The willingness of so many citizen volunteers to serve on Community Emergency Response Teams adds an extra dimension of capability to already overworked (and sometimes overwhelmed) EMS staffs. There are a few precautions also worth noting, though.
The professional guidelines developed to help the nation's hospitals cope with a broad spectrum of emergencies have been so successful and so well-received that they have been expanded, revised, and refined to encompass non-emergency situations as well.
Forward-looking planners in Huntsville, Alabama, are seeking to determine the feasibility of using medical facilities as fallout shelters to cope with mass-casualty incidents involving a nuclear or "dirty" bomb.
The good news is that the fallout shelters built during the Cold War never had to be used. The bad news is that they might have to be resurrected, refurbished and reconditioned, and made available as "just in case" protection facilities.
Standard operating procedures are by definition not enough when EMS responders are called to the scene of a mass-casualty incident. Extraordinary and/or non-standard procedures are not only permitted, therefore, but frequently mandatory.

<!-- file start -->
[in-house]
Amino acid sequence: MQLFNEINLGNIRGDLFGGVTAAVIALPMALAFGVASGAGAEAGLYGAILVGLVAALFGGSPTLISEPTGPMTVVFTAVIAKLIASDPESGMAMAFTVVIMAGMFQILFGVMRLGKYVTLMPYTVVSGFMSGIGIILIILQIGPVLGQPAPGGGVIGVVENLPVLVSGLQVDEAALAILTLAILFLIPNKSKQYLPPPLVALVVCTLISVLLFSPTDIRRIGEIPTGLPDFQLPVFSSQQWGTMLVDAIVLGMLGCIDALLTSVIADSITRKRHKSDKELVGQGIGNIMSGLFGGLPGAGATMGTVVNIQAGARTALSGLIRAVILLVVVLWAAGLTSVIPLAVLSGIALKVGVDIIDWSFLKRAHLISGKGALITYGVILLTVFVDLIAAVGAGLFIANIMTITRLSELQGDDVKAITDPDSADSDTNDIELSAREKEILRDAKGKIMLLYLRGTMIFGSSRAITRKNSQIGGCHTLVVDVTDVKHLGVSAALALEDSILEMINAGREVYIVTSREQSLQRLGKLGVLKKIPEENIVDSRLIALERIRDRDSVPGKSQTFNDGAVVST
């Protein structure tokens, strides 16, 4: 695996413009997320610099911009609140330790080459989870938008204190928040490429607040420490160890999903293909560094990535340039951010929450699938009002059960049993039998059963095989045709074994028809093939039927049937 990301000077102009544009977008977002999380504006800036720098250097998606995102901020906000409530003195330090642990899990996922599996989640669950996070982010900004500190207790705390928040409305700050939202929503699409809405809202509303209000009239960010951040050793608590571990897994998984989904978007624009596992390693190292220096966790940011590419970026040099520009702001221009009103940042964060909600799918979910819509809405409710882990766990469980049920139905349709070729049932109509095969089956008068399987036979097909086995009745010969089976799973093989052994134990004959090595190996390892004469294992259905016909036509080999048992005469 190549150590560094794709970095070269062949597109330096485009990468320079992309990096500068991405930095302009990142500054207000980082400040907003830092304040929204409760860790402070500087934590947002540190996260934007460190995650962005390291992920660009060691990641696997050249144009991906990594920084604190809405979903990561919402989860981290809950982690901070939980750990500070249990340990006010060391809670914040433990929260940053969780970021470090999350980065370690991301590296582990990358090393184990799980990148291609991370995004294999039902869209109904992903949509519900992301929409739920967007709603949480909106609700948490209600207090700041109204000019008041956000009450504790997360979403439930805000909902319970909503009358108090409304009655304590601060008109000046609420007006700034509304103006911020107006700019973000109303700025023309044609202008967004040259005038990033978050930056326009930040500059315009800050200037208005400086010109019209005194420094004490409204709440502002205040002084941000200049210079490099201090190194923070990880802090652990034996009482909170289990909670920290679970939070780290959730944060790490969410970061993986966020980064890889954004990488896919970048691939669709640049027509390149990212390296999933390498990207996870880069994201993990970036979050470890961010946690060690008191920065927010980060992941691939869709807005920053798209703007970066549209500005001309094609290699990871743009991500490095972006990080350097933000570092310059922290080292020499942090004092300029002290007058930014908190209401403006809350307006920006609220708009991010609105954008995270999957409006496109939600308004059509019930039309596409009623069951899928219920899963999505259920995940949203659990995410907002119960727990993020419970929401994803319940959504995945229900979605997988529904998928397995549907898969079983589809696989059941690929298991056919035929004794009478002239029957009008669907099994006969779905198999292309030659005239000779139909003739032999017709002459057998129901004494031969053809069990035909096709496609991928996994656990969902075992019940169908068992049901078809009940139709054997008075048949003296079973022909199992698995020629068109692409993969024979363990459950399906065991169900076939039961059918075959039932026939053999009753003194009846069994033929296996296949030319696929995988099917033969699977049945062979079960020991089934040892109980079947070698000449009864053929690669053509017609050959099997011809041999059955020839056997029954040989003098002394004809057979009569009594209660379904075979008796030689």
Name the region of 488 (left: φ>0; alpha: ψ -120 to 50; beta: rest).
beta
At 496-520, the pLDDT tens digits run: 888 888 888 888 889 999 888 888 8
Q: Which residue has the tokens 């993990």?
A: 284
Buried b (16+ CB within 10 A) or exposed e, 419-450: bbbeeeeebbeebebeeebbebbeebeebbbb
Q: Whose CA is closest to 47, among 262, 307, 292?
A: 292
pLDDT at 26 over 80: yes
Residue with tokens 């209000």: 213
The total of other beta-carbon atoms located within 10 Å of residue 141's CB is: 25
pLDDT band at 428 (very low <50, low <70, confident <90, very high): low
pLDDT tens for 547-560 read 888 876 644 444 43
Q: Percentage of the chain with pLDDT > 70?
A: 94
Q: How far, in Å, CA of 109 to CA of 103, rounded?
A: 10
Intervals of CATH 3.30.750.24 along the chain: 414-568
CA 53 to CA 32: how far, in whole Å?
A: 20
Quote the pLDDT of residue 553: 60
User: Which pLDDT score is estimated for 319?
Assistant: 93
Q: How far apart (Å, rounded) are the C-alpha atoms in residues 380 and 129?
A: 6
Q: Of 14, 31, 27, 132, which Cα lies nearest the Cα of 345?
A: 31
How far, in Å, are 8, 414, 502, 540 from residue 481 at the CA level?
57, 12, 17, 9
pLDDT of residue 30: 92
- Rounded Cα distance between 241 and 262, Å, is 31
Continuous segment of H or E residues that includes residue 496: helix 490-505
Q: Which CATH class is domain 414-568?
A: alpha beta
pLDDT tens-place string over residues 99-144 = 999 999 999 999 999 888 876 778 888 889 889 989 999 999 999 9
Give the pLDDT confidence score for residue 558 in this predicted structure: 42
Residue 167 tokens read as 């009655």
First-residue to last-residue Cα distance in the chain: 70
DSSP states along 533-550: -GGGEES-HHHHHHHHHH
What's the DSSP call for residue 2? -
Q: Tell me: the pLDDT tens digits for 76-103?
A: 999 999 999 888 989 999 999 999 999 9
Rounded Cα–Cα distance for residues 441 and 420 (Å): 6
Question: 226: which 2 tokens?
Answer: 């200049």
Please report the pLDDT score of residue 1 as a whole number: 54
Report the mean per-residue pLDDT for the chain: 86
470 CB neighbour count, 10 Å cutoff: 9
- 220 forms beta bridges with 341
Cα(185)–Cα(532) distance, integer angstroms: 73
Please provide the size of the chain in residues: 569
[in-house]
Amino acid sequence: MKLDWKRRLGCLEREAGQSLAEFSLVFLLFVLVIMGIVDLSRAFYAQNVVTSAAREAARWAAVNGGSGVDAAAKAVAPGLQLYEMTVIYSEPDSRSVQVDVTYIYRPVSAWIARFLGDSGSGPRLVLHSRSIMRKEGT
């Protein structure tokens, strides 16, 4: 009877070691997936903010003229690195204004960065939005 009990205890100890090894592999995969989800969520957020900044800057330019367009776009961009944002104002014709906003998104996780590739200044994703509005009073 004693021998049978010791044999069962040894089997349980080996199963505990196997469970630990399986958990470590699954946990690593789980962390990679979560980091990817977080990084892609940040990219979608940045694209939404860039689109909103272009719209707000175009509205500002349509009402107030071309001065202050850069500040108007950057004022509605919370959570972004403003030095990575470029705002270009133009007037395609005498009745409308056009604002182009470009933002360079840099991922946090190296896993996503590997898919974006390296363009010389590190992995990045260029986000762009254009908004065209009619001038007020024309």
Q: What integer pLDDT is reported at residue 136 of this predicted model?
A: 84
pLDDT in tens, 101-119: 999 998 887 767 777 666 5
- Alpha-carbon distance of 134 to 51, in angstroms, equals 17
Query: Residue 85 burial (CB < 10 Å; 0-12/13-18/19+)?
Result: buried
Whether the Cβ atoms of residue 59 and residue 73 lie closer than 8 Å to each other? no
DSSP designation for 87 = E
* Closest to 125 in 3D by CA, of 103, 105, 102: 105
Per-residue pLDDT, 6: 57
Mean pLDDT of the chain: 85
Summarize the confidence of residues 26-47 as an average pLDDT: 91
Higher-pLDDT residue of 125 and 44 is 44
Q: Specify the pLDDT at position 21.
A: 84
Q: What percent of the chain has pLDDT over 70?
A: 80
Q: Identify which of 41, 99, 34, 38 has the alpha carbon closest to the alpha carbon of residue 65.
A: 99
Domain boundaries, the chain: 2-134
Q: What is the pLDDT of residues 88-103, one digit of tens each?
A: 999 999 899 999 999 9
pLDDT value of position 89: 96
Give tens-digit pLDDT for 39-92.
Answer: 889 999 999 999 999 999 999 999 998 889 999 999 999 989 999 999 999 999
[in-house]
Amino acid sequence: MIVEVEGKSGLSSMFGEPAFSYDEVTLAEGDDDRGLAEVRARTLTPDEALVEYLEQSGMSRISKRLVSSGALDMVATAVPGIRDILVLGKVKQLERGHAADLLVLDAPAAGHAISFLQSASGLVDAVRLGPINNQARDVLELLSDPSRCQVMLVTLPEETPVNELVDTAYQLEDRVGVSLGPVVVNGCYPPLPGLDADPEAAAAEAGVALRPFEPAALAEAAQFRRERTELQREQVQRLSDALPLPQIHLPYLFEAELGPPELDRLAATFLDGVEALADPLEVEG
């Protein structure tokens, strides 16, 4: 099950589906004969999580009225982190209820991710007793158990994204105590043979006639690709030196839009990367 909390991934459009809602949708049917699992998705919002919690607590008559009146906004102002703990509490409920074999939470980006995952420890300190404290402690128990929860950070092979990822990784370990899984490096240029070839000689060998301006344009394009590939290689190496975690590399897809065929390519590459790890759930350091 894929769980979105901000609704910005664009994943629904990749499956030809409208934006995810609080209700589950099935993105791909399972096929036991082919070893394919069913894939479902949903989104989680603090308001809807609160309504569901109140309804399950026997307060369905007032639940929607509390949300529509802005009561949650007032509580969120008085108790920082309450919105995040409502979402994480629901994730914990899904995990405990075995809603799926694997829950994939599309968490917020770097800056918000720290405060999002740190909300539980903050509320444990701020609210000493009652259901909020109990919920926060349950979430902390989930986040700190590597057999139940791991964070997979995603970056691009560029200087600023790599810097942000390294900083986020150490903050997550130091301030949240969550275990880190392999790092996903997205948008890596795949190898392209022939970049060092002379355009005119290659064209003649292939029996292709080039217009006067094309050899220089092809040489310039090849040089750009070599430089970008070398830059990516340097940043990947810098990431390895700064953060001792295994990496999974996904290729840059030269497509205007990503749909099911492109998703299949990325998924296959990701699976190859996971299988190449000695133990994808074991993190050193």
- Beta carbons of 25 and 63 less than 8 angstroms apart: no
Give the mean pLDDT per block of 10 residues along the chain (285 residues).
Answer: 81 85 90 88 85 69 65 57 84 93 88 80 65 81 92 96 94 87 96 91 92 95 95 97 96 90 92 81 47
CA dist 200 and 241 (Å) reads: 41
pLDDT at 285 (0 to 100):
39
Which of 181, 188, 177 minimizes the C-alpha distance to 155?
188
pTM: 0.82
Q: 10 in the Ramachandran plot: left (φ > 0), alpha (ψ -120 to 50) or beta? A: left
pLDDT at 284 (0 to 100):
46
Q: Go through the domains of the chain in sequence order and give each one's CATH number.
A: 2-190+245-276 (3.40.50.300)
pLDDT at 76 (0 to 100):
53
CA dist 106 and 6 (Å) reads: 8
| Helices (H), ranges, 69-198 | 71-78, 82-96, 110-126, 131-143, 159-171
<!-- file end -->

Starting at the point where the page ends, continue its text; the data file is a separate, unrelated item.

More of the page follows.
With fire-prevention programs serving as an example, there is much that "everyday citizens" can learn about protecting themselves and their families in a variety of emergency situations. The most important lesson is learning one's own limitations.
The need for quarantine stations at U.S. borders was on the decline - until SARS & bioterrorism created a need for more stations on a continuing basis. Dulles International Airport (first one), has achieved much success & is a template for future use.
"Just in Case" has been trumped by "Just in Time." One result is that there is no surge capability that emergency managers can call on in times of major incidents. Unless, of course, an EMS Task Force is waiting in the wings.
Many first-responder agencies routinely use "4x4 volunteers" to help out in hazardous-weather situations and other emergencies. This solution to community problems must be handled with care and requires careful planning by state/local decision makers.